Thanks Jarrod, nice to see there are people out there understanding my situation. But you appear to be located in Ipswich and I am in Crystal Brook South Australia, so a wee bit too far to be viable I guess.
Further thoughts on creating a five cylinder engine - there might be a slight issue with the non-existent water jacket in number six!?
When it jams up this is the time you need to start using the flat of your hand to bump it into place. Depending on where you are starting from is where you bump. We used to sit the screen on a blanket on the bench, fit the rubber around the glass then add the thick string for pulling it into place and some sealant. We then sat the bottom of the galss and rubber into place and with one person on the string on the inside the other outside is applying a small amount of pressure on the glass to let the glass try to centralise.
When it gets stuck a couple of things to try are using the string in a circular motion to try to lift the rubber over the edge of the metal and at the same time your mate on the outside starts to slap the glass to force the rubber down onto the bottom edge and to try and work the glass across to the opposite side.
IT is not easy to do but with tough hards and a heap of patience and providing the glass is the right size as well as the rubber it will go in. I have ner tried it but maybe some soapy water as well to help or even as a last resort some Lanox.
Cheers Cobba & Cobbarette
Coopernook, The Centre of our Universe.
Some dishwashing liquid or rubber grease (the dishwasher liquid is heaps cheaper) and where he said about the circular motion on the string you could also try a Philips screwdriver to try and ease the rubber over the lip if the circle work doesn't do the job.
Some dishwashing liquid or rubber grease (the dishwasher liquid is heaps cheaper) and where he said about the circular motion on the string you could also try a Philips screwdriver to try and ease the rubber over the lip if the circle work doesn't do the job,patience is a virtue when doing this job.
I would favour rubber grease rather than detergent, because detergent will encourage rust later on.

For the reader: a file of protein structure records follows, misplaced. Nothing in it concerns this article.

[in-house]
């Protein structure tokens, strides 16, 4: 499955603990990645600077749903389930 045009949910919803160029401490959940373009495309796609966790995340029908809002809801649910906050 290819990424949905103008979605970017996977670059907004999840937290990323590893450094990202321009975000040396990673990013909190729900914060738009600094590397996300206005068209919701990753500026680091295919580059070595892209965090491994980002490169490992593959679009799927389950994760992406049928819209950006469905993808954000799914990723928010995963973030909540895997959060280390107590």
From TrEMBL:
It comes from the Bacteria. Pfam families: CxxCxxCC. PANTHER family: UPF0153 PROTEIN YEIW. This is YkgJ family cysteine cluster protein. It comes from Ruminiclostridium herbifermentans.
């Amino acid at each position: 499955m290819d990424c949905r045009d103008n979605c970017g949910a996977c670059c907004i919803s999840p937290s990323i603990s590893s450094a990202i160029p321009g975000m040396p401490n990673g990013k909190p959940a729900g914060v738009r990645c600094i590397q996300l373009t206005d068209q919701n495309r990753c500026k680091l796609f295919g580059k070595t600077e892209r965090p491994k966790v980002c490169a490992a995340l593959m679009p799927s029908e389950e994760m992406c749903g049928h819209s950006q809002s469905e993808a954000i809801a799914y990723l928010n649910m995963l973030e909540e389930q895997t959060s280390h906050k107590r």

I would recommend never using a screwdriver or any metal tool. If the glass is laminated this will almost guarantee you will have to find another one. One bit of pressure on the edge will result in a crack.
If it is old style safety glass it is a bit more forgiving but you are still playing with fire,
Get a hard plastic scraper or you can, sand down an old screwdriver handle on a linishing belt to create a sharp square ended flat probe about finger width.
Thanks guys, I've managed to get the rear glass in with soapy water & numerous plastic tools & an old push bike tyre lever but not all that happy with it. Ended up with a few wrinkles in the trim (gets glued in place around the opening before the rubber goes in).
It will do given the weathered used style appearance I'm looking for.
I still reckon it was not quite the right profile of rubber.
On to the next job.
The following user(s) said Thank You: cam245, cobbadog
Before you sand down a handle to make a "sharp, square ended flat probe" have a look in the kitchen gadgets section of a big supermarket or a kitchenware shop. You will probably find a suitable wooden or plastic tool readymade and so cheap you can buy two in case you break one.
I have my shoulder to the wheel,
my nose to the grindstone,
I've put my best foot forward,
I've put my back into it,
I'm gritting my teeth,
Now I find I can't do any work in this position!
The following user(s) said Thank You: cam245, Lang
I think where I went wrong is not lubing the in and outside of the window opening with something to help the rubber slide.
Second I should rub the cord with soap before I set it in the rubber to help it slip when pulling.
And I believe my main mistake was pulling down the sides at the same time which prevents the window moving when you try palming it to one side.
I'll try again and this time I will do half the width around one corner and all one side to the next corner. Then come back and do the other half round the corner and down the second side instead of trying to pull down both sides together.